Disabling Browser Caching

You can disable browser caching for a particular static file or folder by selecting it first in the left-hand panel in IIS Manager, then bringing up the same dialog box, and finally selecting Expire Web Content and Immediately.
This results in the following HTTP header: Cache-Control: no-cache

You can also disable static file caching in web.config. For example, for a file called avatar.jpg in the top-level folder of your site, you’d have the following:
<configuration>
<location path="avatar.jpg">
<system.webServer>
<staticContent>
<clientCache cacheControlMode="DisableCache"  /> </staticContent>
</system.webServer>
</location>
</configuration>

You will need to set client cache expiration times for dynamic content declaratively in the .aspx file or set it programmatically.

Caching Dynamic Content
In general, dynamic content should have an expiration time of between 1 and 30 days, depending on the parameters of your application. An example of doing that declaratively is to place an OutputCache directive at the top of your .aspx page:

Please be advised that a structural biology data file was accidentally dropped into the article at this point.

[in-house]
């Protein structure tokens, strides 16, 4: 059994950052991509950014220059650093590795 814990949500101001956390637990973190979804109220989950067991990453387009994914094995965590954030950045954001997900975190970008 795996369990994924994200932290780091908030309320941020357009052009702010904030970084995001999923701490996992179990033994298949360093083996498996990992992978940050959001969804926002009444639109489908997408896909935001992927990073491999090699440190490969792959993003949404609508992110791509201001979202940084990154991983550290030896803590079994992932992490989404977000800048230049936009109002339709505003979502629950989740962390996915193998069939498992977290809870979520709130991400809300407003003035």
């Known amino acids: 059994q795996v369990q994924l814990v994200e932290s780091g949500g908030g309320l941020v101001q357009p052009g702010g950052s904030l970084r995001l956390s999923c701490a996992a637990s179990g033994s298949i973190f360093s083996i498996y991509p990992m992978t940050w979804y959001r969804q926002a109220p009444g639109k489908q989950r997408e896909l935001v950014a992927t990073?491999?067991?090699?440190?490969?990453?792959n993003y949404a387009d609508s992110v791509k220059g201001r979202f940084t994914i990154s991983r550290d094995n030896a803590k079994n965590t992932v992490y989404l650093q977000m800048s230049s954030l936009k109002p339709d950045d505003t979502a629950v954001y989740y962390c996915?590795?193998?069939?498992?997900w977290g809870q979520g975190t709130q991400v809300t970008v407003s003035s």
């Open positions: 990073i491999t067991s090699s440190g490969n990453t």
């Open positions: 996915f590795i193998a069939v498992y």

<%@ Page  .  .  .  %>
<%@ OutputCache Duration="86400" Location="Client" VaryByParam="None"  %>

That tells the runtime to generate HTTP headers that ask the browser to cache the page for 86,400 seconds (one day). You must include VaryByParam, or the parser will generate an error. A value of None means that multiple versions of the page do not need to be cached independently. The resulting HTTP headers are as follows:


Cache-Control: private, max-age=86400
Expires: Tue,  17 Mar  2009  01:34:17 GMT


Cache-Control: private prevents proxies from caching the response. ASP.NET also includes an Expires header. You can also generate the same headers programmatically, either from code-behind or from an HttpModule. Here’s an example:

protected void Page_Load(object sender, EventArgs e)
{
this.Response.Cache.SetExpires(DateTime.Now.AddDays(1.0)); TimeSpan ds  = new TimeSpan(1,  0,  0,  0);
this.Response.Cache.SetMaxAge(ds);
}

The call to SetExpires() is optional and can be safely omitted. Cache-Control: private is the default and does not need to be set explicitly.

If your content changes more often than once per day, even short client-side expiration times (1 to 10 minutes) can still be useful to prevent extra round-trips when users click the Back button in the browser to go back to one of your pages.

Using Cache Profiles